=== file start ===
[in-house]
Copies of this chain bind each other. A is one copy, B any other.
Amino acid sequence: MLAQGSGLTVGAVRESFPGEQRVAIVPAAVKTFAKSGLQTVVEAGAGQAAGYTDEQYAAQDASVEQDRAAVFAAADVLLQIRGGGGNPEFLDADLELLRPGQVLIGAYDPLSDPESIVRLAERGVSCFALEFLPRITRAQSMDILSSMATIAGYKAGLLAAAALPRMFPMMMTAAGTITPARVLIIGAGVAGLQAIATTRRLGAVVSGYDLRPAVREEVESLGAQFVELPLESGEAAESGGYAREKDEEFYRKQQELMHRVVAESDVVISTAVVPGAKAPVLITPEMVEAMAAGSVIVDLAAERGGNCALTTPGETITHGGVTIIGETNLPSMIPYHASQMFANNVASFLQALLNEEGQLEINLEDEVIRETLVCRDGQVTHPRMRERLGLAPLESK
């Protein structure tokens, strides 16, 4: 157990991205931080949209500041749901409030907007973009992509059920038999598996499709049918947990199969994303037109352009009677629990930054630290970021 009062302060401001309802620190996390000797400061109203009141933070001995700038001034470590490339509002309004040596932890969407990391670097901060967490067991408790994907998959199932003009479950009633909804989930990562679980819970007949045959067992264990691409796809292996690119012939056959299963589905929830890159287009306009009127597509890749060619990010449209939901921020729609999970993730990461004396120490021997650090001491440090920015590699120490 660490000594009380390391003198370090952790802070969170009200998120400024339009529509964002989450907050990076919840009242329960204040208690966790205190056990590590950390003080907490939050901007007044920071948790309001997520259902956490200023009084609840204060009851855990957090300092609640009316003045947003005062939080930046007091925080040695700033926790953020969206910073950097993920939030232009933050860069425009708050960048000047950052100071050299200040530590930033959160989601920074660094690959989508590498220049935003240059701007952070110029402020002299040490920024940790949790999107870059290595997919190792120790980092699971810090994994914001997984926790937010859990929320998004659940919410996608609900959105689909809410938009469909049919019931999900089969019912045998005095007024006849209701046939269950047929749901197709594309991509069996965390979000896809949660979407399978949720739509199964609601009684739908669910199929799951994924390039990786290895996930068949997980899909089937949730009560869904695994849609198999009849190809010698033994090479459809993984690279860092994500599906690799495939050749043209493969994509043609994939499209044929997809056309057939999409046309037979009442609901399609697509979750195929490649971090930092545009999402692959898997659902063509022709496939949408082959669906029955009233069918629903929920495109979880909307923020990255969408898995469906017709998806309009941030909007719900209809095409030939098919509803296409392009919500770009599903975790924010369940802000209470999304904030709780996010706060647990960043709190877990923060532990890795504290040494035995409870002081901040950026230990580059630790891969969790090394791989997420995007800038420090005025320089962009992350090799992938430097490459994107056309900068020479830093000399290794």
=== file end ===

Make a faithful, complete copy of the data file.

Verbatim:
[in-house]
Copies of this chain bind each other. A is one copy, B any other.
Amino acid sequence: MLAQGSGLTVGAVRESFPGEQRVAIVPAAVKTFAKSGLQTVVEAGAGQAAGYTDEQYAAQDASVEQDRAAVFAAADVLLQIRGGGGNPEFLDADLELLRPGQVLIGAYDPLSDPESIVRLAERGVSCFALEFLPRITRAQSMDILSSMATIAGYKAGLLAAAALPRMFPMMMTAAGTITPARVLIIGAGVAGLQAIATTRRLGAVVSGYDLRPAVREEVESLGAQFVELPLESGEAAESGGYAREKDEEFYRKQQELMHRVVAESDVVISTAVVPGAKAPVLITPEMVEAMAAGSVIVDLAAERGGNCALTTPGETITHGGVTIIGETNLPSMIPYHASQMFANNVASFLQALLNEEGQLEINLEDEVIRETLVCRDGQVTHPRMRERLGLAPLESK
């Protein structure tokens, strides 16, 4: 157990991205931080949209500041749901409030907007973009992509059920038999598996499709049918947990199969994303037109352009009677629990930054630290970021 009062302060401001309802620190996390000797400061109203009141933070001995700038001034470590490339509002309004040596932890969407990391670097901060967490067991408790994907998959199932003009479950009633909804989930990562679980819970007949045959067992264990691409796809292996690119012939056959299963589905929830890159287009306009009127597509890749060619990010449209939901921020729609999970993730990461004396120490021997650090001491440090920015590699120490 660490000594009380390391003198370090952790802070969170009200998120400024339009529509964002989450907050990076919840009242329960204040208690966790205190056990590590950390003080907490939050901007007044920071948790309001997520259902956490200023009084609840204060009851855990957090300092609640009316003045947003005062939080930046007091925080040695700033926790953020969206910073950097993920939030232009933050860069425009708050960048000047950052100071050299200040530590930033959160989601920074660094690959989508590498220049935003240059701007952070110029402020002299040490920024940790949790999107870059290595997919190792120790980092699971810090994994914001997984926790937010859990929320998004659940919410996608609900959105689909809410938009469909049919019931999900089969019912045998005095007024006849209701046939269950047929749901197709594309991509069996965390979000896809949660979407399978949720739509199964609601009684739908669910199929799951994924390039990786290895996930068949997980899909089937949730009560869904695994849609198999009849190809010698033994090479459809993984690279860092994500599906690799495939050749043209493969994509043609994939499209044929997809056309057939999409046309037979009442609901399609697509979750195929490649971090930092545009999402692959898997659902063509022709496939949408082959669906029955009233069918629903929920495109979880909307923020990255969408898995469906017709998806309009941030909007719900209809095409030939098919509803296409392009919500770009599903975790924010369940802000209470999304904030709780996010706060647990960043709190877990923060532990890795504290040494035995409870002081901040950026230990580059630790891969969790090394791989997420995007800038420090005025320089962009992350090799992938430097490459994107056309900068020479830093000399290794």